Stop all the clocks, cut off the telephone,
Prevent the dog from barking with a juicy bone,
Silence the pianos and with muffled drum
Bring out the coffin, let the mourners come.
Let aeroplanes circle moaning overhead
Scribbling on the sky the message He is Dead.
Put crepe bows round the white necks of the public doves,
Let the traffic policemen wear black cotton gloves.
He was my North, my South, my East and West,
My working week and my Sunday rest,
My noon, my midnight, my talk, my song;
I thought that love would last forever: I was wrong.
The stars are not wanted now; put out every one,
Pack up the moon and dismantle the sun,
Pour away the ocean and sweep up the woods;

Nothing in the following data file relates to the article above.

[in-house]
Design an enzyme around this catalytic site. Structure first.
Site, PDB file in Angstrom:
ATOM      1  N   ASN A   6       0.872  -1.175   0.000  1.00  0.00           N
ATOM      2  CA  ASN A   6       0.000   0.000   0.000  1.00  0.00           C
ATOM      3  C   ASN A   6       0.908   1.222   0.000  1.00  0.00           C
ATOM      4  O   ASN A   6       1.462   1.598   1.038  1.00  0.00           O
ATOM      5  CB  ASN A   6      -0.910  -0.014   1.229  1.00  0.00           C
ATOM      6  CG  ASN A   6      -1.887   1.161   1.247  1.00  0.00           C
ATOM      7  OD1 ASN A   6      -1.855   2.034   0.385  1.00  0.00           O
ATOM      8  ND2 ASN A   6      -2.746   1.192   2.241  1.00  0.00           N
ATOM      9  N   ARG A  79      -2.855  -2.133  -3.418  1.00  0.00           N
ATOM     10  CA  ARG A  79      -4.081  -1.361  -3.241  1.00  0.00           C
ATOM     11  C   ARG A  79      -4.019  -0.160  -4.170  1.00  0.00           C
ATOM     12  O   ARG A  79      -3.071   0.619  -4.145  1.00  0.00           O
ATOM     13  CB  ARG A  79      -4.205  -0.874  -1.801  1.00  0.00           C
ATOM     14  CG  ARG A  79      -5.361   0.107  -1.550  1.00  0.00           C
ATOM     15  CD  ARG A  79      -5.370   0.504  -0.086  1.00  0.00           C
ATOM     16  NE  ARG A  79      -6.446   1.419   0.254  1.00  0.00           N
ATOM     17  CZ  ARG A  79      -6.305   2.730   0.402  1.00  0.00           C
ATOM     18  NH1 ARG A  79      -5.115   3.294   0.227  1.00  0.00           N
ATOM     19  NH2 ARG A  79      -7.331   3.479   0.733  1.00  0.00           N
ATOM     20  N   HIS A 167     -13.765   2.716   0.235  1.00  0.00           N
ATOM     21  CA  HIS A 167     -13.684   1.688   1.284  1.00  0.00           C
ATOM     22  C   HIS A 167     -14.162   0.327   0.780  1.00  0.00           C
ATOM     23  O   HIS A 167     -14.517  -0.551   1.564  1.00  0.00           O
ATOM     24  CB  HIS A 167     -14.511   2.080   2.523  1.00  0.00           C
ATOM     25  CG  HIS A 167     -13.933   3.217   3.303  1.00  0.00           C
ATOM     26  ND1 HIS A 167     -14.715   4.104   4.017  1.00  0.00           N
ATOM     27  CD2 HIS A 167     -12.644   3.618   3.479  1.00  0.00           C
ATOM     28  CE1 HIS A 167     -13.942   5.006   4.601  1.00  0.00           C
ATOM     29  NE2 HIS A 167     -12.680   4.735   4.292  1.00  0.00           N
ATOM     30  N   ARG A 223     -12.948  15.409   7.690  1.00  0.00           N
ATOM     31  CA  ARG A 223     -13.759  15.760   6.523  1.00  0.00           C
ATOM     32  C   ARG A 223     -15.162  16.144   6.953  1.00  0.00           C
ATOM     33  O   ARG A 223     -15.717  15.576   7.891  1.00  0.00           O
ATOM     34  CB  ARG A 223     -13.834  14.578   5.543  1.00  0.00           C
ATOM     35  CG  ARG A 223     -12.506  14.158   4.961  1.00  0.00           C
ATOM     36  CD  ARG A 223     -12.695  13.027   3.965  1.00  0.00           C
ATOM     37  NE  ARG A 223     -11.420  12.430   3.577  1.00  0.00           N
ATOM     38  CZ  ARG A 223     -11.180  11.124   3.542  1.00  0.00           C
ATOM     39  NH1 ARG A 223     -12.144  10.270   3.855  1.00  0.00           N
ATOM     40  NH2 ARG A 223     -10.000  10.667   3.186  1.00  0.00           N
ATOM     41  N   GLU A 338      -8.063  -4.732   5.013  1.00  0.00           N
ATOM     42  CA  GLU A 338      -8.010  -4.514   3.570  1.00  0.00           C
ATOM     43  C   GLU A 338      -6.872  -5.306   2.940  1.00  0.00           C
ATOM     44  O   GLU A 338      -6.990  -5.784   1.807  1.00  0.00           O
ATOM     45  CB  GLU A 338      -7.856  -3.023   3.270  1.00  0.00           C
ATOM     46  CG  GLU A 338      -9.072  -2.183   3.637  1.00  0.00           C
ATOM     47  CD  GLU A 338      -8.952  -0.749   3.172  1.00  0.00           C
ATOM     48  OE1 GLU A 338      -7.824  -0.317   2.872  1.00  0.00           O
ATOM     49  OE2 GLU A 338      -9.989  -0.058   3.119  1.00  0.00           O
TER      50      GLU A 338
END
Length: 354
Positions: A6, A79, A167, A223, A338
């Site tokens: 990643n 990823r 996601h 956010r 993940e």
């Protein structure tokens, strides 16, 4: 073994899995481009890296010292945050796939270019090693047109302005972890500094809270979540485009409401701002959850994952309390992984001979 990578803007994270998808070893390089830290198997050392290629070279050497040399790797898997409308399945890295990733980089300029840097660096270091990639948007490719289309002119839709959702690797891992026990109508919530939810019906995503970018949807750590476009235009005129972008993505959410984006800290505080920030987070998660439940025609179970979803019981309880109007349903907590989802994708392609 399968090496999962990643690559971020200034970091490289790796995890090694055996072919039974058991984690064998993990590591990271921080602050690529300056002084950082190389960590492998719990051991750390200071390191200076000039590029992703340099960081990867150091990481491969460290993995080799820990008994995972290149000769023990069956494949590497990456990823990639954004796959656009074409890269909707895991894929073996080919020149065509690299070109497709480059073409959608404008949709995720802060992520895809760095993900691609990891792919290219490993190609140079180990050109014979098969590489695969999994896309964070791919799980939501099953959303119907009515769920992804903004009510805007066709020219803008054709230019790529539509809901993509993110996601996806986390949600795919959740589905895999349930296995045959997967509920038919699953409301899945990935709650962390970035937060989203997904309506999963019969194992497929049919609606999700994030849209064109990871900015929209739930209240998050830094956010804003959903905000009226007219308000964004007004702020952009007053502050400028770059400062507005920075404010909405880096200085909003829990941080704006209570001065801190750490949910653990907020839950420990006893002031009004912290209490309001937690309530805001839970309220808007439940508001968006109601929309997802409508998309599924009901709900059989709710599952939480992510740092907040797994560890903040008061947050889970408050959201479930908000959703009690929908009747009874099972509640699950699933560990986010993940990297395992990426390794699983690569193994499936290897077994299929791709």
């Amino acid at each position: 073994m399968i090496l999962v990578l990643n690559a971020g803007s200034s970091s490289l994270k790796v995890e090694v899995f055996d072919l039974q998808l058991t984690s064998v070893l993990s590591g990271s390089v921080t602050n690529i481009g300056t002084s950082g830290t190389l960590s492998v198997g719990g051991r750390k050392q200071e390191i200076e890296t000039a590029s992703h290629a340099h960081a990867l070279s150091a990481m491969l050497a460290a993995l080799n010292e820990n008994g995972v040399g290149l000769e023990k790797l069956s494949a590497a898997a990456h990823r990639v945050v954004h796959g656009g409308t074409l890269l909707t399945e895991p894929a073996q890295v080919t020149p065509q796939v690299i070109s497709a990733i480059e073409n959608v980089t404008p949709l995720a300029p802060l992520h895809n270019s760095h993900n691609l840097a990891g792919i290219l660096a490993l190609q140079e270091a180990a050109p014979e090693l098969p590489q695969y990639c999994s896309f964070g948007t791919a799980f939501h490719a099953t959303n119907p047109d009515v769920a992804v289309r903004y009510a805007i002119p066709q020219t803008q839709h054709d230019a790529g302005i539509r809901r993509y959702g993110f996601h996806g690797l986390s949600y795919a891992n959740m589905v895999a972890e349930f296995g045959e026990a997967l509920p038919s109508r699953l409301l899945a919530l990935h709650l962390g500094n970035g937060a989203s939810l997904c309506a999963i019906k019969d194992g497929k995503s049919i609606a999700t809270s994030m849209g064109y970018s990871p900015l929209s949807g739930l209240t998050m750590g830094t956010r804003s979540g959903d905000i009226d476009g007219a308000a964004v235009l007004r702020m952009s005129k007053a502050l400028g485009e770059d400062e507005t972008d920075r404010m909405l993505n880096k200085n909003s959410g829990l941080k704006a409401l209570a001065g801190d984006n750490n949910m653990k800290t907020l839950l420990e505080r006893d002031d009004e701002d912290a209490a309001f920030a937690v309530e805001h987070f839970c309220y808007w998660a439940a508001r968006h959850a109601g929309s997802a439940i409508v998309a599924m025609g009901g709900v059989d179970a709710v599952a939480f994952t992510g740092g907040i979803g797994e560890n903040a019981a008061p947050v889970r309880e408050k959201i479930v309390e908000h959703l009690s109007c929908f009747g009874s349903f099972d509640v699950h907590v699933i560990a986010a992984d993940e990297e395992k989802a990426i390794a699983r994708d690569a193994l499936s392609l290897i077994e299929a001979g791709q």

For nothing now can ever come to any good.
(This poem by W.H. Auden was, I presume, read in the movie Four Weddings and a Funeral. Millions across the world would have read this and cried, reminded of the gut-wrenching raw emotions that pilfer out during the loss of a near one. After all, Auden wrote this as a tribute to his lost partner, and it didn't seeem fitting that the world just went on as usual. One of my all time favorite poems).